Lecithin – our body’s personal emulsifier

In 1845 a unique substance was discovered by French chemist Theodore Gobley in egg yolk. He called this molecule lecithin after the Greek word Lekithos for egg yolk. Lecithin went on to become a widely used substance in the food industry due to its prized ability to act as an emulsifier. Lecithin can also be found in wheat germ, peanuts, soy and organ meats.

Attention science geeks

An emulsifier is a molecule that has one side that is attracted to water (the hydrophilic side) and another side that in contrast repels water (the hydrophobic side). This unique “bipolar” property helps liquids and fats effortlessly mix together in what is called an emulsion.  Simply put, the reason you can enjoy a nut butter without the oil floating on top, or a smooth dressing or hollandaise sauce is thanks to emulsifiers like lecithin!

Emulsifiers for digestion

In the same way lecithin helps oil and water mix in food products, it also helps with the digestion and transport of fats in the body. Did you know that your liver manufactures its own emulsifier called bile? After being produced, bile is dumped into your digestive tract to help emulsify dietary fats. Dietary lecithin may also help suspend your dietary fats in liquid and therefore contribute to digestion. For example, studies suggest that lecithin may increase our absorption of MCT oils, a popular choice for those on the keto diet or looking for general support to maintain a healthy weight.

Cells and shuttles

Lecithin’s emulsifying properties are due to its phosphatidylcholine content. Phosphatidylcholine, also known as a phospholipid, comprises the bulk of our cellular membranes. This unique membrane allows for the strict regulation of the passage of molecules in and out of each cell. In the liver, phosphatidylcholine is important for the transportation of fats and cholesterol.  Phospholipids are an important building block of lipoproteins, a “shuttle bus” if you will. These shuttles help remove excess fats from the liver and also help remove excess cholesterol from the blood.

The key to smooth protein shakes

If you like to take your meals to go in the form of a protein shake, you may often have to deal with the unpleasant separation of your ingredients. They come out of the blender looking smooth and delicious, but soon separate. Lecithin is the perfect solution! Simply add a tablespoon to your current recipe and even those hard to mix coconut oils will stay suspended all day long.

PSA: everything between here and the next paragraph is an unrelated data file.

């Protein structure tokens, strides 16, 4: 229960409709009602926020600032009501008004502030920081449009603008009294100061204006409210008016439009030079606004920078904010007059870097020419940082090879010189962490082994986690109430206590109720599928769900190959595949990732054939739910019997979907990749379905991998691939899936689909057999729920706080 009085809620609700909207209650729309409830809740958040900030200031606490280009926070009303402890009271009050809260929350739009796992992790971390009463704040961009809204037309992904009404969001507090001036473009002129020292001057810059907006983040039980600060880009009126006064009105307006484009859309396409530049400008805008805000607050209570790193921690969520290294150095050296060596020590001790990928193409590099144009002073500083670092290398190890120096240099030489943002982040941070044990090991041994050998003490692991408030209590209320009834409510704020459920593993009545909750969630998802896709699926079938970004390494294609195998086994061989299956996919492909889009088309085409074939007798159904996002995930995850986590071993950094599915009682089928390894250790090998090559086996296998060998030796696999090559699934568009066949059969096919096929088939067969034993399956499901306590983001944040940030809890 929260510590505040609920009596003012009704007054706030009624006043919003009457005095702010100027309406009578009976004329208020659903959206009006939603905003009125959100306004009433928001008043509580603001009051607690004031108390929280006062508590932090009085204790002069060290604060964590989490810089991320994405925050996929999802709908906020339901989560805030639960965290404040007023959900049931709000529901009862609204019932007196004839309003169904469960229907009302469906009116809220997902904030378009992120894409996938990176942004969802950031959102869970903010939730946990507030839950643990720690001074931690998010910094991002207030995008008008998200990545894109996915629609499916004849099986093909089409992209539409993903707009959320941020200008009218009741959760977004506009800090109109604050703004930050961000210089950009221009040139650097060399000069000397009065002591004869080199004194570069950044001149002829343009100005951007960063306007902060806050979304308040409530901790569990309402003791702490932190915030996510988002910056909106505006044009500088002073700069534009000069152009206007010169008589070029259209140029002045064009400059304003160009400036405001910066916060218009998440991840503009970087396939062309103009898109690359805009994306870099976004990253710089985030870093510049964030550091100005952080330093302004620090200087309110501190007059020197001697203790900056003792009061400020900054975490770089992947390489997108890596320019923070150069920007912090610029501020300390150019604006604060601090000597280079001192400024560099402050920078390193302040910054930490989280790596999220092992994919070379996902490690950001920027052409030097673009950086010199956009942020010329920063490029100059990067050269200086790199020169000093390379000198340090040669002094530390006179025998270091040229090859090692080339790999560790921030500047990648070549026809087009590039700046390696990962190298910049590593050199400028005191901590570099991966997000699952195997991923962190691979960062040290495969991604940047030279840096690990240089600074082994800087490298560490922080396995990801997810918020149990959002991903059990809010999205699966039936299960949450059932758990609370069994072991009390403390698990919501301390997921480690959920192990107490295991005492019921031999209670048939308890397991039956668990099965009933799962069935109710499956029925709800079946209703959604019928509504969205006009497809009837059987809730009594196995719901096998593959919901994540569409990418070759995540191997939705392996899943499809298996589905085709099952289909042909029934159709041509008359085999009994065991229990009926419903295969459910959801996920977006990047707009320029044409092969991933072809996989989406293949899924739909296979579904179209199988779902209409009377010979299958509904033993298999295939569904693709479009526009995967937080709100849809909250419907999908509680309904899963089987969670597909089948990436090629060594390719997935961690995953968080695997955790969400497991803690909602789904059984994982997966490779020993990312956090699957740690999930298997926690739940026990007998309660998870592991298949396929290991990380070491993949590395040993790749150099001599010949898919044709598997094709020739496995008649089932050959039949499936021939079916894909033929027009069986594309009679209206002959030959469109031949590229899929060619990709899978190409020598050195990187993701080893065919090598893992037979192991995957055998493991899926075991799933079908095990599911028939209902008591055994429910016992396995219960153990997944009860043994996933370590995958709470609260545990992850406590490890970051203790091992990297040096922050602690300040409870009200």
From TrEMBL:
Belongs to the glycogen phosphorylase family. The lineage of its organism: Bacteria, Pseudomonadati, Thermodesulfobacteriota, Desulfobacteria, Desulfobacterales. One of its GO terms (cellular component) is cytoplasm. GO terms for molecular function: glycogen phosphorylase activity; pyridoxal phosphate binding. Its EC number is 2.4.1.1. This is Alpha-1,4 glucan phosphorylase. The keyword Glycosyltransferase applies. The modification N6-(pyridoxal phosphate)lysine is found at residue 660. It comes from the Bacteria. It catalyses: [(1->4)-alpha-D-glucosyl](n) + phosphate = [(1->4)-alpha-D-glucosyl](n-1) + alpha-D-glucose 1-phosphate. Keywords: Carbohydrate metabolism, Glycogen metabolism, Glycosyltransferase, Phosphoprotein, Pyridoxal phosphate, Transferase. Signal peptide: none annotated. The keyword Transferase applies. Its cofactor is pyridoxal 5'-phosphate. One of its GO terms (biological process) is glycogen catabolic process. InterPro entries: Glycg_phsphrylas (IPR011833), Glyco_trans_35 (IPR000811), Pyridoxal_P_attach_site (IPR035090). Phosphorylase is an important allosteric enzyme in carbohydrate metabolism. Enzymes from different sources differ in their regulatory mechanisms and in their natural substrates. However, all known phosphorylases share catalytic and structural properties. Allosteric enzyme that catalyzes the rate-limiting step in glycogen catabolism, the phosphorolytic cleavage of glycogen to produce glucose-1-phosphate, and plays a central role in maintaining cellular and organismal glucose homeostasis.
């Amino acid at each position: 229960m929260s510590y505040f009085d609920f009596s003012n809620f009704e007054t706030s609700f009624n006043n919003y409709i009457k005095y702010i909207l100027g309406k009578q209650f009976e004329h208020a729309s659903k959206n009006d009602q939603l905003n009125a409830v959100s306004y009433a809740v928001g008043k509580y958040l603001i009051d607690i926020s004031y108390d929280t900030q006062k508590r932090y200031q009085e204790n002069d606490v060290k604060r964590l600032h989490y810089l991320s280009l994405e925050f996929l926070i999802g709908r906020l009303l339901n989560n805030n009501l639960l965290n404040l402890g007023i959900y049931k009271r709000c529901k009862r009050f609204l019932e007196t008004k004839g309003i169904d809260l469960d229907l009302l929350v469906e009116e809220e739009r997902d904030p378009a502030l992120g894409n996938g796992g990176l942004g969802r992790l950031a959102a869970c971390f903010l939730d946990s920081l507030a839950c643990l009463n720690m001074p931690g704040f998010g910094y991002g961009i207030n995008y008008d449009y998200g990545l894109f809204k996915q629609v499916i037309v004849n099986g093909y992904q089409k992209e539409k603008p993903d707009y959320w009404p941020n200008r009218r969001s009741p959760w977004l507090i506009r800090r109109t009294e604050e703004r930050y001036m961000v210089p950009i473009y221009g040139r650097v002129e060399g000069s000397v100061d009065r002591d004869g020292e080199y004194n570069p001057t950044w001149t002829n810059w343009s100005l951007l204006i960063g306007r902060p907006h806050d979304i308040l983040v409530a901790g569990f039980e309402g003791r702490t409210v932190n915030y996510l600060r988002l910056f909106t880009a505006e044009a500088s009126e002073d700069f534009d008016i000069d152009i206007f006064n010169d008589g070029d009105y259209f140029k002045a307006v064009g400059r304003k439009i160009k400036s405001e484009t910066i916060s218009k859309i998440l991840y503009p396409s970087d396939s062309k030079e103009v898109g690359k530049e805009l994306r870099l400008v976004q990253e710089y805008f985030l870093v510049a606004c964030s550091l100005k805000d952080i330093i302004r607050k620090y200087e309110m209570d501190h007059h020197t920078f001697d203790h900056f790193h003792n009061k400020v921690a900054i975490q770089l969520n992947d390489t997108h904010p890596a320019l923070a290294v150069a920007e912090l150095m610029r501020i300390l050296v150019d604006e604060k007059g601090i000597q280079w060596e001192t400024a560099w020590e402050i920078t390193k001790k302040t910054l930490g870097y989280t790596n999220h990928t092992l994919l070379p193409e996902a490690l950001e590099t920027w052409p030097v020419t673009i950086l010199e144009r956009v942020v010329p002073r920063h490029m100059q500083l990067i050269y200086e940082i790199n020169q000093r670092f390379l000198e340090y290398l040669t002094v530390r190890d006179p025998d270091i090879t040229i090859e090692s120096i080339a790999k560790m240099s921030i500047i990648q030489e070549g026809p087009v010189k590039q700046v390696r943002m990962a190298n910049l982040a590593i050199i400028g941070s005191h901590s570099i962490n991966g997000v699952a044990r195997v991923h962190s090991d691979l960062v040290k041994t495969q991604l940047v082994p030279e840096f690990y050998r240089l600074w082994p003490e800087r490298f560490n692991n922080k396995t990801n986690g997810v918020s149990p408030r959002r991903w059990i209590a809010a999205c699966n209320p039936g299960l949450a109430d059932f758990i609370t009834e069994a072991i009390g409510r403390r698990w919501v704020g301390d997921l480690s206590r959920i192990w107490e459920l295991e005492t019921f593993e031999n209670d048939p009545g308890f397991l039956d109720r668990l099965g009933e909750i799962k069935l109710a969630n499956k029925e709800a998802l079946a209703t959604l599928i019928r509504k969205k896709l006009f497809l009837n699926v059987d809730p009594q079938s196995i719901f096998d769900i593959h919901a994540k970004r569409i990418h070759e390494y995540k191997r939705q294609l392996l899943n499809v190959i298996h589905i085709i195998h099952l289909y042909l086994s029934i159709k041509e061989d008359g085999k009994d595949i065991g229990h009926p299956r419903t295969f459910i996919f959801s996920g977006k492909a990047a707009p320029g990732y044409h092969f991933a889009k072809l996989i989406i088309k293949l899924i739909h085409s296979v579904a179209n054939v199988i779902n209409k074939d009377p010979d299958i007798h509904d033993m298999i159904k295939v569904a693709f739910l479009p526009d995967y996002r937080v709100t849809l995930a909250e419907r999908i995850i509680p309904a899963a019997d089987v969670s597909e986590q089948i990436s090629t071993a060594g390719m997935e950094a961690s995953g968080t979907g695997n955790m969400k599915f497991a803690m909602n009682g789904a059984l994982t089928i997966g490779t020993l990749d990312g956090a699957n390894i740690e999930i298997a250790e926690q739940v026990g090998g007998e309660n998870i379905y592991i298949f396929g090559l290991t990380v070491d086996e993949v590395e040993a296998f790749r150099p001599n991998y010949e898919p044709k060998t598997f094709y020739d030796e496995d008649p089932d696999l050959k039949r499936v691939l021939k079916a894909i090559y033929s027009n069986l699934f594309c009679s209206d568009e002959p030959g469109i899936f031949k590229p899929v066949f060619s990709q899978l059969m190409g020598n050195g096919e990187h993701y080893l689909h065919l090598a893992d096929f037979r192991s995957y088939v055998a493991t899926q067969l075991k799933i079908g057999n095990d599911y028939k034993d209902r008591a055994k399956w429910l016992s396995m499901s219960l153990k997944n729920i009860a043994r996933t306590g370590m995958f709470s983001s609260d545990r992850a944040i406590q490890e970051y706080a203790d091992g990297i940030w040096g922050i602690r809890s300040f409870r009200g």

Do we need more?

While lecithin can be built in our liver from B vitamins inositol and choline, with the assistance of vitamin B6 and magnesium, based on preliminary studies, some experts argue that in order to take full advantage of some of its benefits, such as the ability to lower cholesterol or to assist with a fatty liver, we may benefit from consuming more.



Thalia Charney, MA

Nutrition and Health Education Manager, Puresource

Thalia Charney is a former naturopath as well as an author, educator and speaker.  She is also the Nutrition and Health Education Manager for the NOW® Brand in Canada.  Thalia brings a wealth of experience from her many years as a health care provider as well as her insights gained from having authored Canada’s most comprehensive book on navigating food products: The Confident Food Shopper: The Guide to Food Labels and Fables. She uses these as a springboard to bring a balanced, broad and insightful perspective to any health topic.  Asked about her opinion on any topic and the answer is more often than not… “it depends”.  With wisdom comes nuance and she enjoys sparking debate and thought as much as imparting educational tidbits.


About the Author: Thalia Charney


Thalia Charney is a doctor of Naturopathic Medicine, public speaker and author of, The Confident Food Shopper: The Guide to Food Labels and Fables. As the Nutrition and Health Education Manager at Puresource (NOW® Health Group Canada), she teaches how natural health products can support optimal health and wellness. For more info visit theclassroomdoc.com.